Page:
June 7, 2018 – Dr John’s real name was Malcolm John Rebennack, the same as his father. Rebennack Sr ran an appliance shop in the East End of New Orleans, fixing radios and televisions and selling records. “Mac” grew up listening to his father’s hoard of 78s by blues artists such as Big Bill Broonzy and Memphis Minnie, jazz by Louis Armstrong, Miles Davis and King Oliver, and country music from Hank Williams and Roy Rogers. His mother, Dorothy (nee Cronin), who had been a fashion model and made her own clothes and hats, arranged for her baby son to feature in advertisements for Ivory soap in the 1940s.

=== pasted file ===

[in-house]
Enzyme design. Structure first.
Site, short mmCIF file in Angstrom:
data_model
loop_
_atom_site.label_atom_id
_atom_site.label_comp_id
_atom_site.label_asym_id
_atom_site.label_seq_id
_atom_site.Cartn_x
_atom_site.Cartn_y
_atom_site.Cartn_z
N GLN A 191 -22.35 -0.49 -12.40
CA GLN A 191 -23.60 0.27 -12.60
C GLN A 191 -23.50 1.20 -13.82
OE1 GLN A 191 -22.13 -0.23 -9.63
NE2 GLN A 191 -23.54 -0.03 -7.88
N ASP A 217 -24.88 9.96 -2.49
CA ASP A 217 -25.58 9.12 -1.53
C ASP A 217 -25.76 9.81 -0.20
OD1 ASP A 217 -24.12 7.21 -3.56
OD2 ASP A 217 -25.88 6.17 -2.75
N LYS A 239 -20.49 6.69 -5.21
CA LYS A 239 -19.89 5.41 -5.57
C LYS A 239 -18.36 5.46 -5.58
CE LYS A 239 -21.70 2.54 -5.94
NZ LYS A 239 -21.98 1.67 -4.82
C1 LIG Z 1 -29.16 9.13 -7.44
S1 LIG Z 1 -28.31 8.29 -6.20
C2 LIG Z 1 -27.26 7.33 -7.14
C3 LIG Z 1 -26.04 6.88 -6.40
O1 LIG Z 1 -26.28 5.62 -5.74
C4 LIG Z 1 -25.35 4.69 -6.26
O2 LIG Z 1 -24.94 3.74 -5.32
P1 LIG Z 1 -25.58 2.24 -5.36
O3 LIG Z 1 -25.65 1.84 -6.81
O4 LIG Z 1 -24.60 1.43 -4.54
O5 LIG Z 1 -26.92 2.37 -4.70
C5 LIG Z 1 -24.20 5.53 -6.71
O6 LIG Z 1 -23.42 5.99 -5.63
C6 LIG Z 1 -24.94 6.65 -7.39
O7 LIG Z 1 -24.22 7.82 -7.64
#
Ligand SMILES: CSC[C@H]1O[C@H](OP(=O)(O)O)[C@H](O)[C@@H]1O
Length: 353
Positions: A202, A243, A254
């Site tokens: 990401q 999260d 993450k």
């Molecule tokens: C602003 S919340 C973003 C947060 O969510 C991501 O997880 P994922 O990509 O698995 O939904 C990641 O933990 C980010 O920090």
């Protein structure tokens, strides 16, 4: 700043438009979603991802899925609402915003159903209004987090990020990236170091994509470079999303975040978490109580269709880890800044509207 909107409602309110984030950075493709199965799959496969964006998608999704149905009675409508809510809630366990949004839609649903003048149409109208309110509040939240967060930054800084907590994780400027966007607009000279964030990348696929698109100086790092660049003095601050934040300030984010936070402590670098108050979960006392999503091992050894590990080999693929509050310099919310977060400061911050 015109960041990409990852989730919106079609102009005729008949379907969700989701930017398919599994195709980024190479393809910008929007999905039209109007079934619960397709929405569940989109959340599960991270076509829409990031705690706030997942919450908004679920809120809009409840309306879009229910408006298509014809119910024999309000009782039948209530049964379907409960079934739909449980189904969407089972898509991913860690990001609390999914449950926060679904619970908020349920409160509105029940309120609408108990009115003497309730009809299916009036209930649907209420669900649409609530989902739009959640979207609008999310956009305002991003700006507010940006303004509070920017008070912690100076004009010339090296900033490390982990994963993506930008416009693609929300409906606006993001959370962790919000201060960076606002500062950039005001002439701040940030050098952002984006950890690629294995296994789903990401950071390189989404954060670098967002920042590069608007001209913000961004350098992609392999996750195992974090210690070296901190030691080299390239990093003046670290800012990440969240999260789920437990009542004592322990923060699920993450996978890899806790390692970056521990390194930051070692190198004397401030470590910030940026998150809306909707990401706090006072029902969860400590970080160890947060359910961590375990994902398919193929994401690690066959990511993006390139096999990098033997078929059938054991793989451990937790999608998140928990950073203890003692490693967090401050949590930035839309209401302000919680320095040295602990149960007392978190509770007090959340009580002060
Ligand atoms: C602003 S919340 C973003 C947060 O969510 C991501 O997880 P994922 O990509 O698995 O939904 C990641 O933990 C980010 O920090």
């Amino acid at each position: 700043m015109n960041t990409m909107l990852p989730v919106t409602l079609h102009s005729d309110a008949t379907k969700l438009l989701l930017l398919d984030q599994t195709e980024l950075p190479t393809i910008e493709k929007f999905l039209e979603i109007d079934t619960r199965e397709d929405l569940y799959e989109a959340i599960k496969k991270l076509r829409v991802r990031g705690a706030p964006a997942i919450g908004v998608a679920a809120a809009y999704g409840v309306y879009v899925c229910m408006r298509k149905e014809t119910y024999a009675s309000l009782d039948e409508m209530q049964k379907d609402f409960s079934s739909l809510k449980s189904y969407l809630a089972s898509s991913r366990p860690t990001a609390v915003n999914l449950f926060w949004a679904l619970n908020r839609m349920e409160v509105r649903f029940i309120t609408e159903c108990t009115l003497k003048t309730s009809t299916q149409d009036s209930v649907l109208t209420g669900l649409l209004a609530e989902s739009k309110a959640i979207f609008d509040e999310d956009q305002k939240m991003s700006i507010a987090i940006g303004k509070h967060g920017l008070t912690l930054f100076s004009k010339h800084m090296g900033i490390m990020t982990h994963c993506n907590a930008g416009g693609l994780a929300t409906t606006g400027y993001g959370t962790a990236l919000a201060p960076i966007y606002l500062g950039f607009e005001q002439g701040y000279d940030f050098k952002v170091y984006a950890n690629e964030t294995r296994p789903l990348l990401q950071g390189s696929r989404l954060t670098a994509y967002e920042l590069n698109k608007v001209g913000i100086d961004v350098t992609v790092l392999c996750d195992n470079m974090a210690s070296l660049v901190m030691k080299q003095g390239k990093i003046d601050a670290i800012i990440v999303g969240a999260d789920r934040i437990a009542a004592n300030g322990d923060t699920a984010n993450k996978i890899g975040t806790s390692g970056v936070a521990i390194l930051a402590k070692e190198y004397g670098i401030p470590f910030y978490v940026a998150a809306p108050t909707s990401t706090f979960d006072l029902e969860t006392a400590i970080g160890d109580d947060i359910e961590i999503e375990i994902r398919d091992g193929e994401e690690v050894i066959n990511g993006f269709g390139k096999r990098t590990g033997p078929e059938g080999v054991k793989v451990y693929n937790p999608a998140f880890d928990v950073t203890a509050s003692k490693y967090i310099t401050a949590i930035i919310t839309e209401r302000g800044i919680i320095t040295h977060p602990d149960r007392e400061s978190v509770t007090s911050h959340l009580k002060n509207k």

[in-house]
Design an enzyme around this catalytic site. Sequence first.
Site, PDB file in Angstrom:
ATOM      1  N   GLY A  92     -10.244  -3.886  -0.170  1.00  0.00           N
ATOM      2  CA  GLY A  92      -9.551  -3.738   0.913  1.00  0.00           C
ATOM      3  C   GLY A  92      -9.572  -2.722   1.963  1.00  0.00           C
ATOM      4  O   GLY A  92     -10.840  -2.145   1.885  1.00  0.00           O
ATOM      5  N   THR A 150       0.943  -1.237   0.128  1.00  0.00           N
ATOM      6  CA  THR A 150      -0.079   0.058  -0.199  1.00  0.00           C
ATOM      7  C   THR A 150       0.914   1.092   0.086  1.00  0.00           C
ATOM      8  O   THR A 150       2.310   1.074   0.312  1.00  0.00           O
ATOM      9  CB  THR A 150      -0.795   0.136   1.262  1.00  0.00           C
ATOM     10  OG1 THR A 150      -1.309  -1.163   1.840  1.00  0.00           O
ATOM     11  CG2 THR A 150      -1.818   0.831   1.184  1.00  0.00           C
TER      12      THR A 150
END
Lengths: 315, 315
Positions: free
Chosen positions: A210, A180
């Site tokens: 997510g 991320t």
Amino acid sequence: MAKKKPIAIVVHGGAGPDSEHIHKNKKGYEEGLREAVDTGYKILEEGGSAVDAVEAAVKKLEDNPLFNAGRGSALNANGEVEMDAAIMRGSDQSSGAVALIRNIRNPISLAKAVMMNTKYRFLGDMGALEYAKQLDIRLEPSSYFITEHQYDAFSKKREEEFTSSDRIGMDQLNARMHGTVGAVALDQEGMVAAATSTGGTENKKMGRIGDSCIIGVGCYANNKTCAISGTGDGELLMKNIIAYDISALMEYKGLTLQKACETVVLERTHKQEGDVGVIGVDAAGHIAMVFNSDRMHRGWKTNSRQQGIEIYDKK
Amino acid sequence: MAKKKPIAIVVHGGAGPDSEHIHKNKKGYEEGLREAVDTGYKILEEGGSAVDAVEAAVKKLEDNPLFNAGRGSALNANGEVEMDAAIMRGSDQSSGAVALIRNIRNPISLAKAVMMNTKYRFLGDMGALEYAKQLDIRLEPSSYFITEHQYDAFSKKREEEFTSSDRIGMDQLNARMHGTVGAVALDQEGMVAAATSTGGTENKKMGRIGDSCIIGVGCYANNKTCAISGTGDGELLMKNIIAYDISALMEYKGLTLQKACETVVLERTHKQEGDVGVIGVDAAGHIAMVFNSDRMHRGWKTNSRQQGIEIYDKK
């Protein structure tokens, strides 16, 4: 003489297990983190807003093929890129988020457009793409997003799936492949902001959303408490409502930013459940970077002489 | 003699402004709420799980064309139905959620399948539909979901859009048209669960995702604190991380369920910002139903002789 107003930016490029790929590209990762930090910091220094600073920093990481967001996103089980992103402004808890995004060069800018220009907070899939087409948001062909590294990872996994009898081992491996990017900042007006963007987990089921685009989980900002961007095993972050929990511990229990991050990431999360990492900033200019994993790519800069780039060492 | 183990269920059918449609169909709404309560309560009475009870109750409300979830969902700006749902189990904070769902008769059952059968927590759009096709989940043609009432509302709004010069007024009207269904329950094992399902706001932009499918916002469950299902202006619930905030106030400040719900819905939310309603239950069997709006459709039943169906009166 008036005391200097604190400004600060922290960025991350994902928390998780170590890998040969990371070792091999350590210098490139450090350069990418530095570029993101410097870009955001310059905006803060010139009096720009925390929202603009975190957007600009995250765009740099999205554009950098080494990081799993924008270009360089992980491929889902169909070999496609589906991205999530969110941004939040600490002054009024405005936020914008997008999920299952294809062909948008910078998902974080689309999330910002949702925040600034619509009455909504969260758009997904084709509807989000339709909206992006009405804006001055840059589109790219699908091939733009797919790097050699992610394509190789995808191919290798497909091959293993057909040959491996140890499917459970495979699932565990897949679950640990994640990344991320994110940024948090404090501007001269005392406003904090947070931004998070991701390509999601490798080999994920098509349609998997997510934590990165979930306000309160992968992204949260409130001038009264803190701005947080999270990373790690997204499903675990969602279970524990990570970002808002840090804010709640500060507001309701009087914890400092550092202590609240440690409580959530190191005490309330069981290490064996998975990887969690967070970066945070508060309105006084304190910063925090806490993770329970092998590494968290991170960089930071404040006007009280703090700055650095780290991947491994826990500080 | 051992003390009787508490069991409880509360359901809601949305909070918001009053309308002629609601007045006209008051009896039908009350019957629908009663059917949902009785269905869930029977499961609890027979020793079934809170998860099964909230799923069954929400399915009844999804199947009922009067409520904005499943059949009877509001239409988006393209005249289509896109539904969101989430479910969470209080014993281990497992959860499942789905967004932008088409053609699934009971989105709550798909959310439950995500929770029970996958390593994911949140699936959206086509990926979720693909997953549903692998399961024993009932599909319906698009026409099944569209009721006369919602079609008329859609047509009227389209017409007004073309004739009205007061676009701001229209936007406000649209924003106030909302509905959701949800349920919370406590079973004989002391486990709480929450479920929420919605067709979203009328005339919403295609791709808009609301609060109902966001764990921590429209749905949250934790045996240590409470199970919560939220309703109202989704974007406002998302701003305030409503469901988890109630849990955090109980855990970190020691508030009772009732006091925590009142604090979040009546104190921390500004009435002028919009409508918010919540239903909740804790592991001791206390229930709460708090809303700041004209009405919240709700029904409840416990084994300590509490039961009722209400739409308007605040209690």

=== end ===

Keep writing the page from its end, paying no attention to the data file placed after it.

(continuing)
His family was intensely musical, with numerous aunts, uncles and cousins who were amateur musicians. From a young age Mac attended local gigs and, with his father’s assistance, visited recording sessions at the fabled J&M Studio. It was a meeting with the piano player Professor Longhair when he was 14 that persuaded him to pursue a musical career, and he began performing at local clubs. When Jesuit high school told him he must choose between schooling and music, he picked the latter. Proficient on piano and guitar, at 15 he began playing on recording sessions and accompanied artists such as Art Neville, Toussaint and Joe Tex. By 16 he had started producing tracks and was hired as an artists and repertoire man by Johnny Vincent at Ace Records.